Wednesday, March 23, 2016

How to Stand Up Paddle with Verena Mei

Learn how to SUP with Verena Mei and Blue Planet Surf.  
Verena is a professional race car driver. She grew up in Hawaii and recently moved back to Oahu.  She got into Stand Up Paddleboarding and has been a great customer and supporter of Blue Planet Surf Shop. In this series she is getting tips on safety, technique, board handling and more from Blue Planet Surf founder Robert Stehlik.  We will post regularly new videos on our blueplanetsurf youtube channel and plan to release the parts of this series in the Spring of 2016. For new videos please check back here and subscribe to our youtube channel.  
Watch the first video in the series:
How to Stand Up Paddle Board with Verena Mei, Part 1: Safety

SUP is a great, fun, health and safe sport if practiced with some common sense.
Basic points covered in this video are:
1) Be aware of conditions. Light wind and protected water are the best conditions for beginner and learning quickly.  Light winds are fine but the chop created by the wind will make balancing more difficult and you should always make sure to paddle into the wind first to make sure you can get back to where you started.  Don't go out if the wind is strong, offshore winds (blowing you away from the shore) can be very dangerous as they can carry you out to sea and usually get stronger the farther out you get.
2) Always wear a leash.  In Hawaii we are not required to wear a personal floatation device when Stand Up Paddle boarding but you should always wear a good leash and make sure it is attached securely, that way your boards is always attached to you and acts as your floatation device.
3) Know how to swim.  This should be self explanatory, but before you learn how to SUP, you should learn how to swim first.  The rule of thumb is: don't go out further from shore than you could swim back on your own power.
This is the second video in this series: board handling and gear
In this video you learn how to protect your board from heat and fin damage, how to safely lift up and carry your board and some things to consider when choosing your first board.  At Blue Planet we always recommend trying several SUP's before choosing one as nothing beats trying a board to get an idea of whether it will work for you or not.  Balancing should be challenging at first, as your balance quickly improves.  We often talk to customers that bought their first board without trying it first and then finding out that it is just not a good board for their needs.  Let's face it, it does not matter how cheap a board is or how great the deal seems to be, if you don't enjoy using the board and it sits around collecting dust, it's a waste of money.  We want you to get out on the water and enjoy your board, so we want to make sure you get one that is right for you.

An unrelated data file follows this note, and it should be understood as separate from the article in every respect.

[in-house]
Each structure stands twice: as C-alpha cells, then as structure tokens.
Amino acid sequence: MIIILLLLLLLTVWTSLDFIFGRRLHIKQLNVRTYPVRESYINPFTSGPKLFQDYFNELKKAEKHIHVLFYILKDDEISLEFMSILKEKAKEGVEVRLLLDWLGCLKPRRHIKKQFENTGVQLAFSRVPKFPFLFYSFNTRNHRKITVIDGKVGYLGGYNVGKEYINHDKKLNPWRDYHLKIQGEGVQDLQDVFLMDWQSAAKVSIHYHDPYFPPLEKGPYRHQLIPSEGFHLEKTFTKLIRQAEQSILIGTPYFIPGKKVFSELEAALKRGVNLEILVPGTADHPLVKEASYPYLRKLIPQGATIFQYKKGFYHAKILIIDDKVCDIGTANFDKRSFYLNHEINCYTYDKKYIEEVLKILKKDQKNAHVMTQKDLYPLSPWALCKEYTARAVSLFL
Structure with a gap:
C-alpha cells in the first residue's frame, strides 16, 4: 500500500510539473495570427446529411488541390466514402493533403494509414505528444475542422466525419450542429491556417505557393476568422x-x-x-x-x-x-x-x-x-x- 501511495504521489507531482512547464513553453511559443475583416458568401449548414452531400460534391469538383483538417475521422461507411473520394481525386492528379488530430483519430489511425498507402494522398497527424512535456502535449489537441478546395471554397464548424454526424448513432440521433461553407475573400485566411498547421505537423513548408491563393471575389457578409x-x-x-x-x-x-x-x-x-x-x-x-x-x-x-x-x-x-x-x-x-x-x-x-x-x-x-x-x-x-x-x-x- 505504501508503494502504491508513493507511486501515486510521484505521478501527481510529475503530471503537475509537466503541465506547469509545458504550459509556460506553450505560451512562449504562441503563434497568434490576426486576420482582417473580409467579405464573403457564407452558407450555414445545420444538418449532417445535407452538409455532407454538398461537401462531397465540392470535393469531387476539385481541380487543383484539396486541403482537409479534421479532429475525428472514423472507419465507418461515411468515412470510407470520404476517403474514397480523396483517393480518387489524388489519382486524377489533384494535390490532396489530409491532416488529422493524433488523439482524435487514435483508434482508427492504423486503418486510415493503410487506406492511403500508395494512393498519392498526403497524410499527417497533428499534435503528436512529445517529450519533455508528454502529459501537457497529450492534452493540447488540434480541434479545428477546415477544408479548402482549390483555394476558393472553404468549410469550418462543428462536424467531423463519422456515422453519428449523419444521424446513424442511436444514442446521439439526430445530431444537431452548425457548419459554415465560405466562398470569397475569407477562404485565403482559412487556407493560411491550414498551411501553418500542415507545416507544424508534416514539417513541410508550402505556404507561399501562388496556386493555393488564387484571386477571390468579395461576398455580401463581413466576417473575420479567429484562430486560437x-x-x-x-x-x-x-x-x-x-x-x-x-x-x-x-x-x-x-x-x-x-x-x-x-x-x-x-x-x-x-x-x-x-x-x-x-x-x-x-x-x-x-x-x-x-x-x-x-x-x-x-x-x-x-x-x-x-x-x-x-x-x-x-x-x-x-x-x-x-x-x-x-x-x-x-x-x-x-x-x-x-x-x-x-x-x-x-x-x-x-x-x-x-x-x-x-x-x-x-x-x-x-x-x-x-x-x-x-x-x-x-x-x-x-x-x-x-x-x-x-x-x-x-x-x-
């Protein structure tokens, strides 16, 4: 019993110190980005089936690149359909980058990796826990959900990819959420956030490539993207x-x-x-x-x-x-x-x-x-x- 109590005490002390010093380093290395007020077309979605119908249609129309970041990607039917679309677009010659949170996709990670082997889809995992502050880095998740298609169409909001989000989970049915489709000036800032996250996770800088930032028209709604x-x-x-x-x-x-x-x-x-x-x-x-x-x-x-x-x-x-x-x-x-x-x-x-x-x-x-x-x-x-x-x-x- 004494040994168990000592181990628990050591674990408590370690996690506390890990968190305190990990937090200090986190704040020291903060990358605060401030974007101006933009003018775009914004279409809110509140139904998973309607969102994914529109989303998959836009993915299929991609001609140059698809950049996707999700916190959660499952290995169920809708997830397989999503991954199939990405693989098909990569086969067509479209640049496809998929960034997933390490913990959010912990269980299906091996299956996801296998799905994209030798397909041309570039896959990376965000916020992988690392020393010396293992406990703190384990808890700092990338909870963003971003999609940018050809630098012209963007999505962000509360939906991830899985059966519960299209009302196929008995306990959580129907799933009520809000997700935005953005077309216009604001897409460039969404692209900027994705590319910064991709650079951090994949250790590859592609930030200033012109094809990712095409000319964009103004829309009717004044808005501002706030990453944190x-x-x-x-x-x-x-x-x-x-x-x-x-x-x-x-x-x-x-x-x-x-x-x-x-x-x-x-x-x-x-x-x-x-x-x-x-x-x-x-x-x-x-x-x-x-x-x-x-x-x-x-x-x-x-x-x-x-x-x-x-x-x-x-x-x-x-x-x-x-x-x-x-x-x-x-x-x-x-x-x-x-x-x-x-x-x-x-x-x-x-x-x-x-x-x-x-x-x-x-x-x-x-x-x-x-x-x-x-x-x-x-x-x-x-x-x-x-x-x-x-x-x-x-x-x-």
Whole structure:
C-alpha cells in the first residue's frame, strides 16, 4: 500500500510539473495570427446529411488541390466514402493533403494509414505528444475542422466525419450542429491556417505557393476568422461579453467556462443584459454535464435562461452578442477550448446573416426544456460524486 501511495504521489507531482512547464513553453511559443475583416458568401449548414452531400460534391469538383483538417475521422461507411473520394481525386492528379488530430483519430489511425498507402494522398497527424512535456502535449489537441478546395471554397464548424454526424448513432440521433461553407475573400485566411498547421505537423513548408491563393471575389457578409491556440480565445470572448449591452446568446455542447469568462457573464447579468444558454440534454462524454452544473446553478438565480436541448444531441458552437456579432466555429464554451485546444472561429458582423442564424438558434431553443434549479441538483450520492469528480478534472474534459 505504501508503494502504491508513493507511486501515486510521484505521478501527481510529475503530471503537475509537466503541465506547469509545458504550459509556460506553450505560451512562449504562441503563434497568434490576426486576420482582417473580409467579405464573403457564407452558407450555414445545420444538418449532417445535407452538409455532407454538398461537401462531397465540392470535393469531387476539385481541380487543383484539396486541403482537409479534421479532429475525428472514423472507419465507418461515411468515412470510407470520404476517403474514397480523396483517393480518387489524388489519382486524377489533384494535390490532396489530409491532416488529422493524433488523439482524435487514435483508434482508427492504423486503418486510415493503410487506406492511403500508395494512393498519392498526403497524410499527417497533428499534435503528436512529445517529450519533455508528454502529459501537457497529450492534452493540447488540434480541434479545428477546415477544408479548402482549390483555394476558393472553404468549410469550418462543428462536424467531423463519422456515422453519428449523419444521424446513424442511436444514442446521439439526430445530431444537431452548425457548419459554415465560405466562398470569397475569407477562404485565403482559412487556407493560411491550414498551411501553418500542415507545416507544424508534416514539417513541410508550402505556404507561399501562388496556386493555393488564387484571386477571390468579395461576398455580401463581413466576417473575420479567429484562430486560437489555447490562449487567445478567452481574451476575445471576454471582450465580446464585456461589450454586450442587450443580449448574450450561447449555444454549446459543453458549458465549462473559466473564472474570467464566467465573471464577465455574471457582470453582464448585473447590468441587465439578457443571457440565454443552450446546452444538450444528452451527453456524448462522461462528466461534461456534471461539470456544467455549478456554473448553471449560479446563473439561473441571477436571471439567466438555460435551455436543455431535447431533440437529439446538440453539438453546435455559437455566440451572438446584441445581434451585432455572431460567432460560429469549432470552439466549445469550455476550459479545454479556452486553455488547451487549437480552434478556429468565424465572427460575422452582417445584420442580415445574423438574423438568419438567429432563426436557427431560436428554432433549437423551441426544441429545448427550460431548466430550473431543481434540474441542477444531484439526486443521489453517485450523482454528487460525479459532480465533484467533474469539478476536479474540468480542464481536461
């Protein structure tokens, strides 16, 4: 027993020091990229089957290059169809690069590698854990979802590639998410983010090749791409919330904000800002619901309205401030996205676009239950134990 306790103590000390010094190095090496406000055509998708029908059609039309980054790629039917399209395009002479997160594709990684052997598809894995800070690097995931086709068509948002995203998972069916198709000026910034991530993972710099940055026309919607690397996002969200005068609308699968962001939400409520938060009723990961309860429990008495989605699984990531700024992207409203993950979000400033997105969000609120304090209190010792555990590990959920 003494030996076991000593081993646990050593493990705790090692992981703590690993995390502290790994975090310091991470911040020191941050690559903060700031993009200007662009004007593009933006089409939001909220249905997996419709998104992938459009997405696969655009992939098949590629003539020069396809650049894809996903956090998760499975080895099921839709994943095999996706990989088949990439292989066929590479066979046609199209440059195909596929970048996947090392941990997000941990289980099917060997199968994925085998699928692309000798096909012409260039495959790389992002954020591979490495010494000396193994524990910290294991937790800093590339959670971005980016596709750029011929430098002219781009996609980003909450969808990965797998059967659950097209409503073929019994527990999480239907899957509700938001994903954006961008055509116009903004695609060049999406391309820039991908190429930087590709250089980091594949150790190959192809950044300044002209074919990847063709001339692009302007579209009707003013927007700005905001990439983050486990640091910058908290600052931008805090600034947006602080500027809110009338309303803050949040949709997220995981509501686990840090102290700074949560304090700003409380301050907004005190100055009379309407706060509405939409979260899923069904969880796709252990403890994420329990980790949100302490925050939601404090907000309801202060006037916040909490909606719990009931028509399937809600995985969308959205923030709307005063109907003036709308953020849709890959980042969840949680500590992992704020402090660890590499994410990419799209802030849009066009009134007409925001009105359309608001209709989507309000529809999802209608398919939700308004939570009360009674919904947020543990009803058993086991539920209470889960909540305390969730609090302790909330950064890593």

Tuesday, February 2, 2016

Stand Up Paddle Technique Drill: Catching Bumps and Waves on a SUP

Re-posted from this Blue Planet Blog posting:

If you are new to downwind stand up paddle boarding, and want to get ready to do some open ocean downwinders, these are some tips and drills you can practice in flat water to help you get ready for riding bumps on a SUP.   Check the bottom of this page for information on coached downwinders. 
This post is focused on downwinders and catching/ gliding on bumps, but this drill is also helpful for catching breaking waves if you want to learn to stand up paddle surf.